First, let’s create a URL, a background DispatchQueue, and a DispatchSemaphore with a value of…


Leverage the power of the .zip operator

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Photo by Daniel Romero on Unsplash.

Consider this case: A specific screen in your app requires firing two different requests at the same time. Your goal is to update the UI only after both of them complete. In this tutorial, we will learn how to observe the completion of several network requests using Combine.

We will leverage a powerful .zip operator that allows us to receive a tuple containing events from several upstream Publishers.

In short, these are the topics you will master in this tutorial:


Using containers and child view controllers

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Photo by Amirmahdi Kazemnejad on Unsplash

In this article, we will learn how to create a reusable UI element — a bottom sheet.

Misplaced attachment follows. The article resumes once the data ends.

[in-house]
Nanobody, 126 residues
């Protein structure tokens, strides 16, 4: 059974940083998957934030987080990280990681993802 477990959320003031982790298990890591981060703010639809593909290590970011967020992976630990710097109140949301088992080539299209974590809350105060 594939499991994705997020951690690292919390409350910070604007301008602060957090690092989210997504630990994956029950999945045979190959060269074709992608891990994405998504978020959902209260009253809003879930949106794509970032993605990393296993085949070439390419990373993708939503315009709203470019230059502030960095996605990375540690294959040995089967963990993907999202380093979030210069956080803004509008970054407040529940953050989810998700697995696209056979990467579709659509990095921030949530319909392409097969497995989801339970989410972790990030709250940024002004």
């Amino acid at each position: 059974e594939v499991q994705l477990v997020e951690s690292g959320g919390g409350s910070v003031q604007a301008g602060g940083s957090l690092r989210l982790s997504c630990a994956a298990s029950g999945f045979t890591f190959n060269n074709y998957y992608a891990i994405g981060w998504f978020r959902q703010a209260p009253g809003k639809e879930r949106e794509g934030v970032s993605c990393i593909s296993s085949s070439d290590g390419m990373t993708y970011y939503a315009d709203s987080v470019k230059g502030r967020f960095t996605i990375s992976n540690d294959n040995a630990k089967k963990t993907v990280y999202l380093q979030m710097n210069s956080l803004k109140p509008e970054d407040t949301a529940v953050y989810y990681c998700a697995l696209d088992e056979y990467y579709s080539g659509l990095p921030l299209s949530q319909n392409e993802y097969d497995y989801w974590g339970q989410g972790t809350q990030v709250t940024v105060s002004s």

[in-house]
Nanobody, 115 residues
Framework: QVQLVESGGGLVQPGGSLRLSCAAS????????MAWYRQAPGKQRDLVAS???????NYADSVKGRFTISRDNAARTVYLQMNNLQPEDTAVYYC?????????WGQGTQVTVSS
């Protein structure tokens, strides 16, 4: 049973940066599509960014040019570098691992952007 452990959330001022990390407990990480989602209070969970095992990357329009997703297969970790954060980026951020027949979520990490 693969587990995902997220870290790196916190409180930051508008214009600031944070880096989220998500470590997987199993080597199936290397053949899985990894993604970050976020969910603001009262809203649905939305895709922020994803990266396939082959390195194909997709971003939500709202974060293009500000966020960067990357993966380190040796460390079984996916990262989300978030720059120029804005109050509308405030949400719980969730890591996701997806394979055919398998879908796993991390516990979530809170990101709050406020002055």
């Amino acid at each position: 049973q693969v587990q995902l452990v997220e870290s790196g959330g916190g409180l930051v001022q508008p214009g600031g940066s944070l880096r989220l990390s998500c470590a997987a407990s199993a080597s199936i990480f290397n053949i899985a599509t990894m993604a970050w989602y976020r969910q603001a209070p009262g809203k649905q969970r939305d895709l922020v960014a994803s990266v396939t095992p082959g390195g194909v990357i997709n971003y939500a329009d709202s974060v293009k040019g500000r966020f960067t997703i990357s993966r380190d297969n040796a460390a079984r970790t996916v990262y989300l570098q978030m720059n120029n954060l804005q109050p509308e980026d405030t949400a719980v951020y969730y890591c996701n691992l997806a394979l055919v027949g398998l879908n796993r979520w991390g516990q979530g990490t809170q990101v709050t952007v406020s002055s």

At the end of the tutorial, you will have a finished component you can easily copy and paste into your app and use to suit your needs.

This is what we are going to build:


Add support for right-to-left languages

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Photo by Bruno Wolff on Unsplash

In this article we will learn about the difference between leading and left, trailing and right constraints in Swift.

In short, by setting the leading constraint we set the starting point of a view, while the trailing constraint sets the ending point. If we are using English language in our app, leading and left anchors are the same thing, just like the trailing and right ones. But if we add support for RTL (Right-to-left) languages like Arabic, Hebrew, or Urdu, leading will mean right, and trailing will mean left.

Now let’s explore this difference on a simple example.

Let’s Start

Our ViewController has a rounded UIView containing a…


A flexible solution to copy and paste into your new app

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Photo by Thom Bradley on Unsplash